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Tag: prevention
  • Late summer pests: Staying safe both on and off duty

    As Airmen look to the outdoors for physically distant activities, the risks of pests impacting those activities increases. It is vital Airmen and their families know what to look out for and know how to stay safe. Mosquitoes pose a potential risk to Airmen both at home and while deployed. Aside from being a nuisance, mosquitoes also spread disease, with West Nile virus being the leading threat in the U.S. Many diseases that are spread from mosquitoes or ticks, such as West Nile virus, Rocky Mountain spotted fever, and Lyme disease, can mimic other common illnesses like the flu or current COVID-19 symptoms.
  • Just keep swimming

    U.S. Air Force Staff Sgt. Justin Waters, 325th Fighter Wing equal opportunity noncommissioned officer in charge, has been leading the movement in educating Tyndall on Suicide Awareness and Prevention.
  • Suicide Prevention Walk Brings H.O.P.E

    Every day, approximately 123 individuals take their own lives in the United States. Of those individuals, U.S. military members and veterans make up 18 percent of adult suicides.
  • Rescued to be a rescuer

    September is National Suicide Prevention Month, and much emphasis is being put on a mental health crisis that has impacted military members. Tech. Sgt. Noah Stamps, 325th Fighter Wing chaplain corps superintendent, works in an office where individuals can go and talk about life issues with full confidentiality. His career field is one where helping fellow Airmen talk and work through tough times is an everyday thing. Earlier this year, however, Stamps was the one reaching out for help.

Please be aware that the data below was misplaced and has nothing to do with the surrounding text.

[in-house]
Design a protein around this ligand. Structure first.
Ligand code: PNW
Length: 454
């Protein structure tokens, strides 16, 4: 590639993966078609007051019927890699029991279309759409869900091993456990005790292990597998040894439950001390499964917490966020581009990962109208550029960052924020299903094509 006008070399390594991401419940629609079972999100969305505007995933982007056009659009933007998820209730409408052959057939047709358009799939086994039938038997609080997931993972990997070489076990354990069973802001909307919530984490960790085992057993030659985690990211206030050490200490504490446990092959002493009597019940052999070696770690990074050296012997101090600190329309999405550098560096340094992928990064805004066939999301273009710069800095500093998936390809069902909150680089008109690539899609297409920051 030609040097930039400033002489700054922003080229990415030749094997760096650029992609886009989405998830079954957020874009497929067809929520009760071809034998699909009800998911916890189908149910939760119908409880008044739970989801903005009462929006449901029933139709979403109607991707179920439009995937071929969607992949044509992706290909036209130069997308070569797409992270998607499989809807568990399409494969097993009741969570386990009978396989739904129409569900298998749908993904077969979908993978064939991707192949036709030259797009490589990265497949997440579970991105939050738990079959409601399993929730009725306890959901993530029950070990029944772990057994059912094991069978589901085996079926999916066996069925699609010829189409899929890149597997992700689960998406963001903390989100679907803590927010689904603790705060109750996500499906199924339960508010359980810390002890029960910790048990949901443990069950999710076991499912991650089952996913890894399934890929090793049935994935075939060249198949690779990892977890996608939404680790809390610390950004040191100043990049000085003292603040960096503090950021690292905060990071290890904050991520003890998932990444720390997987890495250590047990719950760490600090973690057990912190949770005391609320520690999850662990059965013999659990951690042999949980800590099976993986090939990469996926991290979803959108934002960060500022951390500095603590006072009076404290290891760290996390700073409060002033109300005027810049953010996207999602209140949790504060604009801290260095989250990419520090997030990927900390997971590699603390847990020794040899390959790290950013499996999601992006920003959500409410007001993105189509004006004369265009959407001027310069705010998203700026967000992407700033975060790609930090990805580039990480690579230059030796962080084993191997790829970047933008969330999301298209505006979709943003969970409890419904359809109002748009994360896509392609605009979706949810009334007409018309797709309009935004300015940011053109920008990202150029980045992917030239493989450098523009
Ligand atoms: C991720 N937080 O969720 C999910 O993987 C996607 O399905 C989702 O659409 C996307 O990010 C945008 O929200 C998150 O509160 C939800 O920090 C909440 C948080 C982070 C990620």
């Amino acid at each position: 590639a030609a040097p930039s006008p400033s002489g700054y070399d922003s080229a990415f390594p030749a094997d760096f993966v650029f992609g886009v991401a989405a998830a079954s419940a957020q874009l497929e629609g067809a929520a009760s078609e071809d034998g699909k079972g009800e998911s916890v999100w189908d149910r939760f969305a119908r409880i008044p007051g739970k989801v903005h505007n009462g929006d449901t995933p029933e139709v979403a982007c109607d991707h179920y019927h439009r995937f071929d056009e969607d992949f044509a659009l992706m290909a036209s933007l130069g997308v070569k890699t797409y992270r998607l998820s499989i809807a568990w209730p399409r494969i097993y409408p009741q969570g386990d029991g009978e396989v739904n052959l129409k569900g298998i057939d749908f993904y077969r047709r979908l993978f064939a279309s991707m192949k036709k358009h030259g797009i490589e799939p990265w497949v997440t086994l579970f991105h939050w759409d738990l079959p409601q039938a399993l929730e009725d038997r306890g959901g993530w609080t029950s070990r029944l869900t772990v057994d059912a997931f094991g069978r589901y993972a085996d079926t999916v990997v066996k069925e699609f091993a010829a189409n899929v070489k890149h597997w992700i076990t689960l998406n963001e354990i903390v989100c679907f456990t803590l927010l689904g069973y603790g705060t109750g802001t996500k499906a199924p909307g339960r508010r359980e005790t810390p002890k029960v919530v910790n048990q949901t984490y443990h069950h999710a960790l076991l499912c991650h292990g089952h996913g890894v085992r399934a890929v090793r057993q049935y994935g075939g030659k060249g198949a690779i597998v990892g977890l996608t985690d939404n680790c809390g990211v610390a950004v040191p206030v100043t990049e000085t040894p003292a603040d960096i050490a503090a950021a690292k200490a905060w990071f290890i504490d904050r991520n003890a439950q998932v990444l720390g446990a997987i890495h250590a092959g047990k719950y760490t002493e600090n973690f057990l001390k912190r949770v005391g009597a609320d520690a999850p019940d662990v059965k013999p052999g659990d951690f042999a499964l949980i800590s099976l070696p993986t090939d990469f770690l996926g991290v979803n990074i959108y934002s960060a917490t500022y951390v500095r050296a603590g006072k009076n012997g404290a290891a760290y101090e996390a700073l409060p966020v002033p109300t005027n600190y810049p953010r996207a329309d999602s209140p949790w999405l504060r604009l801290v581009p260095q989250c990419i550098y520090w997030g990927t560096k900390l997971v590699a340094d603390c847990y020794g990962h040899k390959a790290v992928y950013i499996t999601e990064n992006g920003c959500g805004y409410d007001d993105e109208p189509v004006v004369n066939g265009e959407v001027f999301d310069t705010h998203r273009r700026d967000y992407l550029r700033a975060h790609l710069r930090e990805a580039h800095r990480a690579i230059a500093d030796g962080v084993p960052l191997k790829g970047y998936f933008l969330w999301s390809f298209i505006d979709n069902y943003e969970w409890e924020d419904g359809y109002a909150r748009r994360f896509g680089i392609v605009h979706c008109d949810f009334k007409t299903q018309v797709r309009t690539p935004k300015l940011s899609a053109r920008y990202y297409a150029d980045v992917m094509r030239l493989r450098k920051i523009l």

• Air Force diabetes prevention program shows promising results

    With 1 in 3 Americans at risk for diabetes, researchers and health professionals at the Wilford Hall Ambulatory Surgical Center in San Antonio, found it critical to implement and test the Group Lifestyle Balance program. The GLB program is a diabetes prevention program that was originally developed at the University of Pittsburgh and piloted at seven Air Force bases. The program targets those at risk for developing diabetes, including anyone with elevated blood sugars, metabolic issues, or a family history of diabetes.
  • Point of Recovery: Ground Collision Avoidance System saving pilots lives

    Frantic calls of “Two recover, Two recover, Two recover,” echoed across the airwaves. Maj. Luke O’Sullivan, F-16 Fighting Falcon instructor pilot, watched helplessly from his cockpit as his student’s jet descended from an altitude of over 3 miles to under 4,400 feet in a matter of seconds. While executing a more than 8-G turn, the over 1,000 pounds of pressure had drained the blood from the student’s brain, causing tunnel vision and impairing his ability to rationalize. Within seconds, he was a victim of gravity-induced loss of consciousness. Given the rapid rate of descent, O’Sullivan knew there was no way the pilot could regain consciousness in time to pull out of the free fall. In less than four seconds, his student would be dead — except, he didn’t die. Instead, the essentially pilotless F-16 rolled upright, pulled a 5-G climb and then leveled off. The pilot’s savior: a technology developed in the 1980s known as the Automatic Ground Collision Avoidance System.